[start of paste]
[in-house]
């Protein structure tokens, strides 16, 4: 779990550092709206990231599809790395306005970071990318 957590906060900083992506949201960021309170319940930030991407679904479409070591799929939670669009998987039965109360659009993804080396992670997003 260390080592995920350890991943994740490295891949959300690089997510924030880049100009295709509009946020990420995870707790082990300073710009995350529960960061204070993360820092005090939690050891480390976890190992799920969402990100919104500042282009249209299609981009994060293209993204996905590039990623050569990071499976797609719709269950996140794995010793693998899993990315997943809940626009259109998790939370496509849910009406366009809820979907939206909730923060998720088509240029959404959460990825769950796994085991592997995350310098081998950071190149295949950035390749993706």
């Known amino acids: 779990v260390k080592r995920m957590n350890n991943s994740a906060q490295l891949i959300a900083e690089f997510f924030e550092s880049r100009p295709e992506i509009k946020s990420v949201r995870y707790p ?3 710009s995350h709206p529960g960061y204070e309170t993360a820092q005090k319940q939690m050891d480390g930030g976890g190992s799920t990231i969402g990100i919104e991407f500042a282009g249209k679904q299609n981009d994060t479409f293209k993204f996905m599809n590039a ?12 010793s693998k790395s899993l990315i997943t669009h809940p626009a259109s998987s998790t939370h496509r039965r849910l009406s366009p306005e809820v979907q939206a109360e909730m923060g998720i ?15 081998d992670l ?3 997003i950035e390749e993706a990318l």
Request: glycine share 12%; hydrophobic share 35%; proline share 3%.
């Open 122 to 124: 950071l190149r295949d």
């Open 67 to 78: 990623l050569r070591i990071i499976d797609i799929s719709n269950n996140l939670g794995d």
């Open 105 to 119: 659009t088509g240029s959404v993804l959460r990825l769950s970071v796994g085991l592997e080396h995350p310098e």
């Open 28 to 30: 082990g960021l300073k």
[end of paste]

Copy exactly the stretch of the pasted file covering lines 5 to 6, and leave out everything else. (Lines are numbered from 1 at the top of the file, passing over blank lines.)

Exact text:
């Open 122 to 124: 950071l190149r295949d």
């Open 67 to 78: 990623l050569r070591i990071i499976d797609i799929s719709n269950n996140l939670g794995d």